Metra board approves fare hikes for 2012

Marshall Cohen

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The Metra board unanimously passed their proposed 2012 budget Friday, clearing the way for fares to rise by an average of 25 percent next year – the biggest single fare hike in the company’s history.

Evanston lies in the C zone on the Metra system. Starting Feb. 1, 2012, the cost of a one-way ticket from this zone to downtown Chicago will increase from $3.50 to $4.25. Ten-ride fares will increase from $28.50 to $38.25 and the cost of a monthly pass will jump from $90.45 to $121.00 – a 33 percent hike.

Metra spokesman Michael Gillis said Metra simply has “a responsibility to balance the budget” because its expenses have been out of line with revenues, creating a $53.6 million budget gap.

“We believe this has put us on more stable and sound financial footing,” Gillis said. “We’ve done what we can to cut our expenses and reduce the size of the needed fare hike but we still have to balance our budget.”

Metra board members were not available for comment to The Daily over the weekend but did speak to the Chicago Tribune immediately after the vote.

“Nobody on the board is happy about raising fares, but it is the responsible thing to do,” said Jack Shaffer, Metra treasurer, in an interview with the Tribune.

Fellow board member Jim LaBelle said the process of raising ticket prices was “fair to both the riders and the taxpayers.”

The rate increases were not unexpected. In recent years, Metra has paid its bills by diverting money from its capital budget for infrastructure improvements to its operating budget, which pays for day-to-day operations.

“We decided this year that we just cannot do that anymore because we have a huge backlog of infrastructure work that we need done and diverting that money to operations is just digging us into a deeper hole,” Gillis told The Daily last month.

The rate hike will naturally affect Northwestern students who use the Metra, but it will also have an impact on the Medill School of Journalism and its 300-level “Enterprise Reporting in Diverse Communities” course.

All Medill sophomores take the class, colloquially called 301, where they commute to a neighborhood on Chicago’s north side twice each week. Students who commute to the Ravenswood bureau, 1626 W. Lawrence Ave., are given 10-ride Metra passes at the beginning of the quarter because the bureau is much closer to the Metra than the El.

In an email Sunday, Associate Medill Dean Douglas Troutman said the school provides approximately 100 passes each year and would pay the raised fares.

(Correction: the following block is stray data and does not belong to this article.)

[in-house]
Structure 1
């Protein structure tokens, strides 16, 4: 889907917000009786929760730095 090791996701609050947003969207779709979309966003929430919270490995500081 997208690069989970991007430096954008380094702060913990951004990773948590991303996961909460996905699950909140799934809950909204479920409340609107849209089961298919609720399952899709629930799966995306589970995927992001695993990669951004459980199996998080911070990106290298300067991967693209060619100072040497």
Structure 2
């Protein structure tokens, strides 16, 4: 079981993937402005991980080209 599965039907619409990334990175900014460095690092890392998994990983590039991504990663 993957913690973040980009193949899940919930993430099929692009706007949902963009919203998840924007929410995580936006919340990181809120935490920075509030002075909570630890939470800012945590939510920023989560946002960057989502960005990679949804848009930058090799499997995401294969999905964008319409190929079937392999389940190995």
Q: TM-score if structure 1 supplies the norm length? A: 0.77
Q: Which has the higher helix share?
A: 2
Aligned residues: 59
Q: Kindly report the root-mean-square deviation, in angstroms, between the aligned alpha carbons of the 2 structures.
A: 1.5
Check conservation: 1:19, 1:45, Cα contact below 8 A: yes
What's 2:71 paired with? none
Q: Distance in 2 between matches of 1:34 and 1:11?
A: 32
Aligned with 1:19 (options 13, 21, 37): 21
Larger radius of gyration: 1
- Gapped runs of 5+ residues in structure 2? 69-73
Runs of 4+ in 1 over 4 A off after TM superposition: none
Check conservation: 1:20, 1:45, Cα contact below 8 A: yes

“The Medill 301 course is integral to the education of our undergraduate students,” Troutman said. “We will continue to provide Metra passes for our students as long as we have a storefront bureau in a neighborhood that requires Metra transportation.”

Troutman said the funding comes from “generous supportive donors” who contribute to Medill and will “assist in covering the increased costs of the Metra passes.”

Even with the rate hike, Troutman said there are “no current plans to change storefront bureau locations.” The Ravenswood storefront was opened in September 2008, said Michele Bitoun, the Medill senior director of undergraduate education.

Evanston Ald. Donald Wilson (4th) attended a Metra budget meeting Nov. 3 and said the rate hike would disproportionally affect Evanston residents. However, he said Sunday that Metra “made an effort to be fair” and said he was “pleased” with the passed budget.

“I’m a train rider myself and nobody likes to spend more money for anything,” Wilson said. “But I do understand Metra needs to balance their budget and they do have a lot of unmet capital needs. As long as we have assurances that the capital needs are going to be addressed, I’m OK with it.”

Wilson added he was hopeful infrastructure improvements in town could be addressed in the near future, now that Metra has stopped diverting capital funds to operate the railroad.

“I’m hopeful that we will now be getting more capital improvements here in Evanston scheduled and completed,” Wilson said.

The actual vote occurred Friday inside the boardroom at Metra headquarters, 547 W. Jackson Blvd., and all 11 board members were present.